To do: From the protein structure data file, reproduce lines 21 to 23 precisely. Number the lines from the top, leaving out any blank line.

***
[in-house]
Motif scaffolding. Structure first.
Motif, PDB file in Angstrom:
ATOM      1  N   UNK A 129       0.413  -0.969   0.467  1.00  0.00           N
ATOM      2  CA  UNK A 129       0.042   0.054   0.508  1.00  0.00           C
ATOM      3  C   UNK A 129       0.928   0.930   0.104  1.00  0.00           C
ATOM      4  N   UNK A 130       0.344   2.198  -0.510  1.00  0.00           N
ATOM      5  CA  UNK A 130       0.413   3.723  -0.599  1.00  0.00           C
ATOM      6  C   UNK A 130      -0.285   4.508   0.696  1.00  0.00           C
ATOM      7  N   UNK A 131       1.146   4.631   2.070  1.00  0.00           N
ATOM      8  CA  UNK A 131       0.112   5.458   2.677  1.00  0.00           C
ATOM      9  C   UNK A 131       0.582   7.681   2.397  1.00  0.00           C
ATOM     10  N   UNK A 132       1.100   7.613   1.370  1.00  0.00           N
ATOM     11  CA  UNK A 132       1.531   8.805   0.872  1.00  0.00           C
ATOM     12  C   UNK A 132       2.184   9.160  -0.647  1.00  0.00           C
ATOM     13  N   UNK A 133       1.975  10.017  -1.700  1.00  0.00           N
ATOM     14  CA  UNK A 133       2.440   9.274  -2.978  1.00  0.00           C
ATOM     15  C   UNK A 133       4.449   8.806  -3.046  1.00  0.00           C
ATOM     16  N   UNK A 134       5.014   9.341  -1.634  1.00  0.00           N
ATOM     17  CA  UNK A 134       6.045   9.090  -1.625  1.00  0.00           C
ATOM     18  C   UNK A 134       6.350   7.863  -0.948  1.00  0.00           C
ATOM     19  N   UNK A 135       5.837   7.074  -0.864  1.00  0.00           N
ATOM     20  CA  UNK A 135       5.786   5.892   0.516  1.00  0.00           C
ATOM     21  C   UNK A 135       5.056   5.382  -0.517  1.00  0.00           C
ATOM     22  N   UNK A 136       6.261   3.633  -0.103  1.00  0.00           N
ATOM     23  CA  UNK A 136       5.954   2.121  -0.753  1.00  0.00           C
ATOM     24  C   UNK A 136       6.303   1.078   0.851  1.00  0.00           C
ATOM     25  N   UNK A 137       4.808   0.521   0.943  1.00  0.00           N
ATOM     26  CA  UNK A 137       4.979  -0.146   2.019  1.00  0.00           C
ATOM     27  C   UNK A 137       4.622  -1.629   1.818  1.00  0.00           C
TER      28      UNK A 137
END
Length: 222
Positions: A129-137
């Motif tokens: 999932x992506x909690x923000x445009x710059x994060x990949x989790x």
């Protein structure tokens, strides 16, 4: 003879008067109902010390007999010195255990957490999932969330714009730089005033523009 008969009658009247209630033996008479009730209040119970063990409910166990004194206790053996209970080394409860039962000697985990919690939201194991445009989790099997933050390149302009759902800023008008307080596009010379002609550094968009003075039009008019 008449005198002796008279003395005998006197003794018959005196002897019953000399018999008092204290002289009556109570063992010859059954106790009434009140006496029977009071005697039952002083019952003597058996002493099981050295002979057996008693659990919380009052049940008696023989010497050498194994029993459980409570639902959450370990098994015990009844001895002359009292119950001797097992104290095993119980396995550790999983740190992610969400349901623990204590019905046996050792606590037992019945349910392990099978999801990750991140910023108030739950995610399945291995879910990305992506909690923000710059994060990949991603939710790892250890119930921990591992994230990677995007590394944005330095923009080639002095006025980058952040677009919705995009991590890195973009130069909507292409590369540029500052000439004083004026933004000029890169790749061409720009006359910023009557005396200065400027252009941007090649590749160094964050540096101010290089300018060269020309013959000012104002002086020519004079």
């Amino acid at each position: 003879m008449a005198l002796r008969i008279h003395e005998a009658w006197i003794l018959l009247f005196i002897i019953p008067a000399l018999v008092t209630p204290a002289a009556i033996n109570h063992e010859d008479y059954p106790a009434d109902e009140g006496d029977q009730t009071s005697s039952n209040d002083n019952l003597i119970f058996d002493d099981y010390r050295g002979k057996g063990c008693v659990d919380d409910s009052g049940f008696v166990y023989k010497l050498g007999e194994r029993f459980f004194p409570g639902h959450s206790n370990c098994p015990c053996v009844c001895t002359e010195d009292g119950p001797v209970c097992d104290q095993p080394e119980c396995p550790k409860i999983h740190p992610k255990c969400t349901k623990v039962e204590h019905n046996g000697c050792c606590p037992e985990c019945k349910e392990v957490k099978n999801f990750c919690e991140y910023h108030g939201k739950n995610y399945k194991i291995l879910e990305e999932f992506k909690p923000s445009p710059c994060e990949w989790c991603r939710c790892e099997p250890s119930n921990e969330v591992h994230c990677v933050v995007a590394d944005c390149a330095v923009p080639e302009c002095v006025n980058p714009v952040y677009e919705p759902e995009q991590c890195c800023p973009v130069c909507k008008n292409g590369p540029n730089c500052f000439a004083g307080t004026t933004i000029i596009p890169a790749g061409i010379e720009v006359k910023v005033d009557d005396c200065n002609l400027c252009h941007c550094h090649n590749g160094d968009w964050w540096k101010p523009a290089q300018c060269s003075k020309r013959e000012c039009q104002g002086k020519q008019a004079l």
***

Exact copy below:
ATOM     18  C   UNK A 134       6.350   7.863  -0.948  1.00  0.00           C
ATOM     19  N   UNK A 135       5.837   7.074  -0.864  1.00  0.00           N
ATOM     20  CA  UNK A 135       5.786   5.892   0.516  1.00  0.00           C